Issue 17.4: August/September 2014

Regional Goes Global

Story by Mari Taketa

Photo by Dana Edmunds

The late summer sun sinks into the Pacific, bathing 850 diners in a pink-orange glow. Poolside at Waikiki’s Modern Honolulu, Masaharu Morimoto of Food Network’s Iron Chef hands out pork belly lettuce wraps with cucumber-papaya kim chee. Anita Lo of New York’s Annisa distributes Hawai‘i-farmed kampachi sashimi with kombu and avocado mousse. Au Bon Climat’s Jim Clendenen pours his Santa Barbara pinot noirs. Hubert Keller of San Francisco’s Fleur de Lys poses for pictures.

It’s another gala event at the Hawai‘i Food & Wine Festival, the state’s premier draw for global gourmets. What started four years ago as a weekend of workshops, field trips and grazing events across O‘ahu has grown to a full week, from August 29 to September 7, with fourteen events on three islands. The lineup includes eighty-two celebrity chefs from Hawai‘i, North America, Australia, Japan, South Korea and China— all de facto ambassadors for Hawai‘i. “We ask the chefs to use Hawai‘i ingredients to make their specialty dishes. Use our fish, use our sweet potato, use our taro, use our fruits,” says chef-restaurateur Roy Yamaguchi. “Then they’re out there saying, ‘You’ve got to go to Hawai‘i because the papayas or the fish or the beef is great.’”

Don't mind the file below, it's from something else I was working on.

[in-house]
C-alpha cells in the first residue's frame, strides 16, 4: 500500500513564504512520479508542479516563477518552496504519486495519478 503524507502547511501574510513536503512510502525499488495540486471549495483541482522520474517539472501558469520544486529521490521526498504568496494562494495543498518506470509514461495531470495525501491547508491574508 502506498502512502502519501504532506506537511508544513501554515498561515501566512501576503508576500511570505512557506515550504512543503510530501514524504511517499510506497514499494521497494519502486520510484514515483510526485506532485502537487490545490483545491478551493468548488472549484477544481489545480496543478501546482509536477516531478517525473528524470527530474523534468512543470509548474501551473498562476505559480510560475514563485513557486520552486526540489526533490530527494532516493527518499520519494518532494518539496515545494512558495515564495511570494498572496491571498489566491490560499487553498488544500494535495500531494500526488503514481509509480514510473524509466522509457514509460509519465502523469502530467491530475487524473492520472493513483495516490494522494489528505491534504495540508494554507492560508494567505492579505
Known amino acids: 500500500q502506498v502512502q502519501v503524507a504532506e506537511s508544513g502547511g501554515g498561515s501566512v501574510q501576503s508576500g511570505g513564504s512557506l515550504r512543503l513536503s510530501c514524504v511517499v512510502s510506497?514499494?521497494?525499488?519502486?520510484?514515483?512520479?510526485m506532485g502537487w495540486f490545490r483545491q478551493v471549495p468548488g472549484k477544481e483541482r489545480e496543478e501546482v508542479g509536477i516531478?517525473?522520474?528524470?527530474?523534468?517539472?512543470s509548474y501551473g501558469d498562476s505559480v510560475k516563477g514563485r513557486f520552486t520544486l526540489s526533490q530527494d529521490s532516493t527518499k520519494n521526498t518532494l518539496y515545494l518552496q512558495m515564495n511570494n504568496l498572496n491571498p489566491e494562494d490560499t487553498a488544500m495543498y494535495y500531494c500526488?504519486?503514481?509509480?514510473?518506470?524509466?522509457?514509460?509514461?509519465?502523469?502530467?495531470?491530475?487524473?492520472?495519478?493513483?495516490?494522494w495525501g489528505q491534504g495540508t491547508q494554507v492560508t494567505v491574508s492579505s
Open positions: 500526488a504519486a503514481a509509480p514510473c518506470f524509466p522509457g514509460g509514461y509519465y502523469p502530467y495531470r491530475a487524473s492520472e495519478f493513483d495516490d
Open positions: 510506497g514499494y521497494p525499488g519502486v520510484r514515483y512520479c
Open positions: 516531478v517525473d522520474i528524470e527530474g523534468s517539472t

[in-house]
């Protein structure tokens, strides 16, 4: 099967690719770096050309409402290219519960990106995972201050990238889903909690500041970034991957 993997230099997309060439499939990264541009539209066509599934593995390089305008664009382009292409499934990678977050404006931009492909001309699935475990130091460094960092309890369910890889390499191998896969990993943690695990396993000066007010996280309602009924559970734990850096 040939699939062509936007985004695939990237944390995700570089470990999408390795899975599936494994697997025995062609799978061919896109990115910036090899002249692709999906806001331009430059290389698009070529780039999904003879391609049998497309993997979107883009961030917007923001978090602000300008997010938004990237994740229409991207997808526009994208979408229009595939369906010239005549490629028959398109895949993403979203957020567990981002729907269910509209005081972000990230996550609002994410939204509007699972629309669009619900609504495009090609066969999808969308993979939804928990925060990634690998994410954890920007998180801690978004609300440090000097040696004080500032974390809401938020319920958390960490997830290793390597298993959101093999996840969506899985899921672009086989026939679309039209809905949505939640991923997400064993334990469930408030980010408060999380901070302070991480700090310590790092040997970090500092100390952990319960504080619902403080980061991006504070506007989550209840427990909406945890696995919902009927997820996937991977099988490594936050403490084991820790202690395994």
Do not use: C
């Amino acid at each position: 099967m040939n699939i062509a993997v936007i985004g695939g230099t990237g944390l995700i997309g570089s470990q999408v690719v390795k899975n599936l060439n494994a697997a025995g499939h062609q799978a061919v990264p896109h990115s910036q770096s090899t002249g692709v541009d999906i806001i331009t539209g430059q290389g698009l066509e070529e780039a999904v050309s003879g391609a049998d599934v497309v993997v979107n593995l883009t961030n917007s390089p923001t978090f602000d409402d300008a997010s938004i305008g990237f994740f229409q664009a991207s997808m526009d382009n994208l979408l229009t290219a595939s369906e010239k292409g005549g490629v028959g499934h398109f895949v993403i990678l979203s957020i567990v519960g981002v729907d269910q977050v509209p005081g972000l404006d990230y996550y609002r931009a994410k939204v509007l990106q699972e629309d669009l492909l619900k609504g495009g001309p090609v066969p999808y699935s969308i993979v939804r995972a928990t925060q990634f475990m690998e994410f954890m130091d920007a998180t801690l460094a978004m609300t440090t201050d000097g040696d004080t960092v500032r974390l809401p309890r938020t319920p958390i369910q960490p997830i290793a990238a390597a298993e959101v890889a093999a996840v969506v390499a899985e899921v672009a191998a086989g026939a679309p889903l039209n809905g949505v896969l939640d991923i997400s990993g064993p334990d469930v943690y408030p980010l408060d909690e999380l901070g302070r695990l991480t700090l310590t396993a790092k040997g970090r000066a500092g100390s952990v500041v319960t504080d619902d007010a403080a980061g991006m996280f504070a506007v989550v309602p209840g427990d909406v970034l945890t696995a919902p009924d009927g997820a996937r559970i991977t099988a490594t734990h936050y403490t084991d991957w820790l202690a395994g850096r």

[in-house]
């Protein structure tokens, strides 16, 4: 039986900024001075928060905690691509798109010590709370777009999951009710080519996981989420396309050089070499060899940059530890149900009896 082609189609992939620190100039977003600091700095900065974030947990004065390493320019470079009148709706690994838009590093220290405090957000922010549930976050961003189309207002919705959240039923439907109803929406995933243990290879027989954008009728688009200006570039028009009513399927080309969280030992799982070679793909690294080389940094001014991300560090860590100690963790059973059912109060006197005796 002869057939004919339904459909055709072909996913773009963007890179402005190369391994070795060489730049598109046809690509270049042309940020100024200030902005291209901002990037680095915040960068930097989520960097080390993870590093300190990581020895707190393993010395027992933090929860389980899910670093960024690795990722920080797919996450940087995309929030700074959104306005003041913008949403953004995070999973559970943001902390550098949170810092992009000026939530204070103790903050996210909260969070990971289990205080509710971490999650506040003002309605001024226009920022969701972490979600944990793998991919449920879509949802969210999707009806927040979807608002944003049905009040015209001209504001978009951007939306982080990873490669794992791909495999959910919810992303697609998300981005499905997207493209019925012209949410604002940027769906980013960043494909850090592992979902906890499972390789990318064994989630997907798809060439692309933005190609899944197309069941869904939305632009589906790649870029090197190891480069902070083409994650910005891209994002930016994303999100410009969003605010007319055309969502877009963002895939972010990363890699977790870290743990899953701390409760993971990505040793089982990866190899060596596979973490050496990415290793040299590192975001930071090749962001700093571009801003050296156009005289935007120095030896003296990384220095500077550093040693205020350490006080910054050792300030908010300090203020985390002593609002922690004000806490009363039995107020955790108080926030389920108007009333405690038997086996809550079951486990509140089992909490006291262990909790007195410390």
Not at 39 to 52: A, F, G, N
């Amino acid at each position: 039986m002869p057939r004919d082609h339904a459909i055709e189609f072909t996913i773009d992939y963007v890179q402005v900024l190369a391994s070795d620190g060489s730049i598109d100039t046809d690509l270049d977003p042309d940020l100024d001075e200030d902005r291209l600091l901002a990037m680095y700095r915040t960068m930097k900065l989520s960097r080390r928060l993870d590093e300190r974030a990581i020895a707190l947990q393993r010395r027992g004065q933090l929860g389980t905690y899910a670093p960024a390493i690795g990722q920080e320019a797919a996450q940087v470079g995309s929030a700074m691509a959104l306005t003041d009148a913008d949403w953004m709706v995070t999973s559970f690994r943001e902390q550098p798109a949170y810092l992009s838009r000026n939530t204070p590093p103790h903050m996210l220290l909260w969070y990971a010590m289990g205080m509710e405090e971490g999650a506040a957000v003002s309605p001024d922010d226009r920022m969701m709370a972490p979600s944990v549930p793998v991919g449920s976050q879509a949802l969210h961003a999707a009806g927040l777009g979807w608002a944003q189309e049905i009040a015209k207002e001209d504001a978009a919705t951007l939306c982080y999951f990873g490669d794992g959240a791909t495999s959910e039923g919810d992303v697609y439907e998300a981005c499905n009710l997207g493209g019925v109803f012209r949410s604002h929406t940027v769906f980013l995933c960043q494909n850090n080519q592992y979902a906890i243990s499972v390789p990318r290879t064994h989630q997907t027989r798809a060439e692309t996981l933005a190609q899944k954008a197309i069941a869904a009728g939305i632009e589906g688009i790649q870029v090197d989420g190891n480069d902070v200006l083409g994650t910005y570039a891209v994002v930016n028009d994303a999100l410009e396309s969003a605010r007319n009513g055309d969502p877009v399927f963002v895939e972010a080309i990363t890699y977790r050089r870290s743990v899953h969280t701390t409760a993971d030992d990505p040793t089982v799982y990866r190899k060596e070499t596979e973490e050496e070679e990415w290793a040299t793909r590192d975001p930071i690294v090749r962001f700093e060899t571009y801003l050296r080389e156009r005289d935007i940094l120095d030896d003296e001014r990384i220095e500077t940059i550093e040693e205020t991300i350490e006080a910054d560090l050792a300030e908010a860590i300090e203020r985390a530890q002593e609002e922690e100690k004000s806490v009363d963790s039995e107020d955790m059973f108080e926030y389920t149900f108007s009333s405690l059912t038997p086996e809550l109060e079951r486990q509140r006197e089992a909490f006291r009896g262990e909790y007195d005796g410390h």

The festival is a second coming-of-age for Hawai‘i’s food scene. The first happened a generation ago when the Hawai‘i Regional Cuisine movement paired classically trained chefs with local farmers. Yamaguchi was rounding up chef and farmer friends for fundraising dinners for the Hawaii Farm Bureau Federation when he got the idea to take it up a few notches and showcase the entire state. He called up fellow chef-restaurateur Alan Wong, and together with Yamaguchi’s wife, Denise Hayashi, they got to work.

More than five thousand people a year show up for themed events like “A Lucky Modern Buddha Belly,” featuring Asian-inspired dishes, and “Corks and Forks,” presented by Hawaiian Airlines. For Yamaguchi, now a culinary elder statesman, the festival doesn’t end with the last gala. “Culinary students we recruit to help out, kids who are not able to experience this type of cuisine on the Mainland—they get really jazzed up and it changes their lives,” he says. “It’s cool stuff.”